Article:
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Posted: 10/28/2006 4:39:56 PM EST
WTK When it is described that there is light frosting in the barrel.

What does this mean?

I am not familiar with this term.

Any info would be helpful before next possible purchase.

THANKS!!
Link Posted: 10/28/2006 5:25:21 PM EST
[Last Edit: 10/28/2006 5:36:43 PM EST by Big-Bore]
You know how your windshield looks after a frost during the night? It sort of looks that way inside the barrel. Bright but not smooth, almost like the inside of the barrel has a light coating of frost on it. It is sort of a step above a bore that is rusted and dark when looking through it. I guess the frosting is sort of a lightly rusted bore that has taken off the polished look but not so bad as to have pits in it to make it look dark and obviously pitted.
Link Posted: 10/28/2006 5:37:01 PM EST

Originally Posted By Big-Bore:
You know how your windshield looks after a frost during the night? It sort of looks that way inside the barrel. Bright but not smooth, almost like the inside of the barrel has a light coating of frost on it. It is sort of a step above a bore that is rusted and dark looking through it. I guess the frosting is sort of a lightly rusted bore that has taken off the polished look but not so bad as to have pits in it to make it look dark or obviously pitted.


That is a good way to describe frosting.
Link Posted: 10/28/2006 5:38:31 PM EST
THANKS for the info!

Based on what I believe your saying, I guess I should be cautious of a barrel that is frosted.

Thanks again.
Link Posted: 10/28/2006 6:16:30 PM EST
Not necessarily.

I have a Russian capture German K98k Mauser that has a dark frosted bore, however it groups quite well.
Link Posted: 10/28/2006 6:25:36 PM EST

Originally Posted By Steve_in_PA:
Not necessarily.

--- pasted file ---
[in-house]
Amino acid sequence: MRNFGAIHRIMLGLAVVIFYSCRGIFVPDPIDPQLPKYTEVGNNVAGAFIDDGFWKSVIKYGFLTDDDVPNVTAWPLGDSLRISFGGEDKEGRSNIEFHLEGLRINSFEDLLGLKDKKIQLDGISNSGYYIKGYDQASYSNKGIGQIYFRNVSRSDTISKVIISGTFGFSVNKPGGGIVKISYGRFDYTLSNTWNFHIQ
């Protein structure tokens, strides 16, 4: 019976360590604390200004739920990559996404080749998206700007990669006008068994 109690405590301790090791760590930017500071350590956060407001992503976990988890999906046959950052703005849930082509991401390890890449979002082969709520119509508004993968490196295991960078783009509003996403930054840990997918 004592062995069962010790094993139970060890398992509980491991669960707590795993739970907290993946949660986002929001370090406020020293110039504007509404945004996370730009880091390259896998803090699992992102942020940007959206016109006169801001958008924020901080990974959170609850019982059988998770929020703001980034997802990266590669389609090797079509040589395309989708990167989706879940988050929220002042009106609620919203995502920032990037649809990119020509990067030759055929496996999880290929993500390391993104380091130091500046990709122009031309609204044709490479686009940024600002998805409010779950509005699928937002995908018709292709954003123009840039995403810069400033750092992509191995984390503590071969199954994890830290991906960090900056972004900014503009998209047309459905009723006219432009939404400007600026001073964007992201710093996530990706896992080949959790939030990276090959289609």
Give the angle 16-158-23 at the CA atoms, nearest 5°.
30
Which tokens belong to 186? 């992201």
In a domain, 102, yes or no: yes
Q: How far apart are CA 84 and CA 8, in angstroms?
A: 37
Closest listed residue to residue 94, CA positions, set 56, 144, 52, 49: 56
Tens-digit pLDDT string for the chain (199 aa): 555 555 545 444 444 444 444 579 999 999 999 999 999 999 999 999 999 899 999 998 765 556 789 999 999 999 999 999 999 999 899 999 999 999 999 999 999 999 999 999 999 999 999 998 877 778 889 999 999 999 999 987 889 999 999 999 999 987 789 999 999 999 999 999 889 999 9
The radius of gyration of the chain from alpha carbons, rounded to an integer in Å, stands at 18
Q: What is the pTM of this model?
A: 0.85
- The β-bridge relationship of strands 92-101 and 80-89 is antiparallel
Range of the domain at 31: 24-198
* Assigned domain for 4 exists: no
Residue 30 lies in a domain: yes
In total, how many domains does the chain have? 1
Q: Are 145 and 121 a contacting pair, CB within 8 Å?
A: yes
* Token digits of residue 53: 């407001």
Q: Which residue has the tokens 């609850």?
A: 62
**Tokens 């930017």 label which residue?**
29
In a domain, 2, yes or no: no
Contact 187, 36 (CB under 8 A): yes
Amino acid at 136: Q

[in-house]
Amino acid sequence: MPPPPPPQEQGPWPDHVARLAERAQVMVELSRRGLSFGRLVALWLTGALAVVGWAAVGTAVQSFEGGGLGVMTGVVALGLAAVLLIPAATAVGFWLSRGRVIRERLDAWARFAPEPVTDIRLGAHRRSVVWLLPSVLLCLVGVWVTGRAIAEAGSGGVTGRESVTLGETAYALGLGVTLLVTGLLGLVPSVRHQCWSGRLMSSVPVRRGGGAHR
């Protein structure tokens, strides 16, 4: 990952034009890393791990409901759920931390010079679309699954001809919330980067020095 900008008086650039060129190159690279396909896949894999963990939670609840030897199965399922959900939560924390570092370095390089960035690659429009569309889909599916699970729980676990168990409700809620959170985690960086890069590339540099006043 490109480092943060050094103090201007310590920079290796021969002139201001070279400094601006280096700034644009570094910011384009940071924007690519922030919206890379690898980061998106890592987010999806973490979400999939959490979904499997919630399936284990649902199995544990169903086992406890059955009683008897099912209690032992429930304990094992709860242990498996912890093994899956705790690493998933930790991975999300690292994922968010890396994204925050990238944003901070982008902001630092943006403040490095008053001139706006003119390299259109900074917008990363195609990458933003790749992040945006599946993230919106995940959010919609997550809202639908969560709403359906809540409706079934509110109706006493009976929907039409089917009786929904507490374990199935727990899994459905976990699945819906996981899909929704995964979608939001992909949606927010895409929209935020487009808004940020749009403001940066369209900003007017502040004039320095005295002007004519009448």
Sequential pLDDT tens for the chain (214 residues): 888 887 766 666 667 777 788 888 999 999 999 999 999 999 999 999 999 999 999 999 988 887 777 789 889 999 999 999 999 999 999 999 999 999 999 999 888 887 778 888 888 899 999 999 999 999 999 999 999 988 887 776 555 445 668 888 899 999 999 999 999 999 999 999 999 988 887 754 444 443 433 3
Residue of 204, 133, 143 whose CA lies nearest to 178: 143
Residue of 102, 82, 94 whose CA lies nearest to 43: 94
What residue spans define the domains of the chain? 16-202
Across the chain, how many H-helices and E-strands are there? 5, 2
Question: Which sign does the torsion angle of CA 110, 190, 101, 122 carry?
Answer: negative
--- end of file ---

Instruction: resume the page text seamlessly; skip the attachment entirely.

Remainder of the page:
I have a Russian capture German K98k Mauser that has a dark frosted bore, however it groups quite well.



Good point, I have a Russian 91/30 sniper that has a very ugly bore but will shoot under 2" at 100 yards. Hard to believe. Pretty touch old rifles...

Turk
Link Posted: 10/28/2006 6:48:57 PM EST
"frosting" seems to usually begin in the grooves, so light frosting should have minimal effect on accuracy. rust on the lands seems to be pretty bad for accuracy, though. sometimes barrels can take a curious amount of damage before they suffer loss of accuracy, so the only way to know is to shoot it.
Link Posted: 10/29/2006 12:17:22 AM EST

Originally Posted By bradleyc:
"frosting" seems to usually begin in the grooves, so light frosting should have minimal effect on accuracy. rust on the lands seems to be pretty bad for accuracy, though. sometimes barrels can take a curious amount of damage before they suffer loss of accuracy, so the only way to know is to shoot it.



No kidding. I've had a few milsurps with barrels that looked like gravel driveways they were pitted so bad, yet they still shot acceptable groups of ~4" at 100yds with surplus ammo. I wouldn't sweat a frosted bore. It will more than likely still shoot fine.
The main problem with corroded bores is that they don't clean up as easily. One thing you can do that has worked for me on several rifles is to lap the bore to polish out most of the roughness. YMMV
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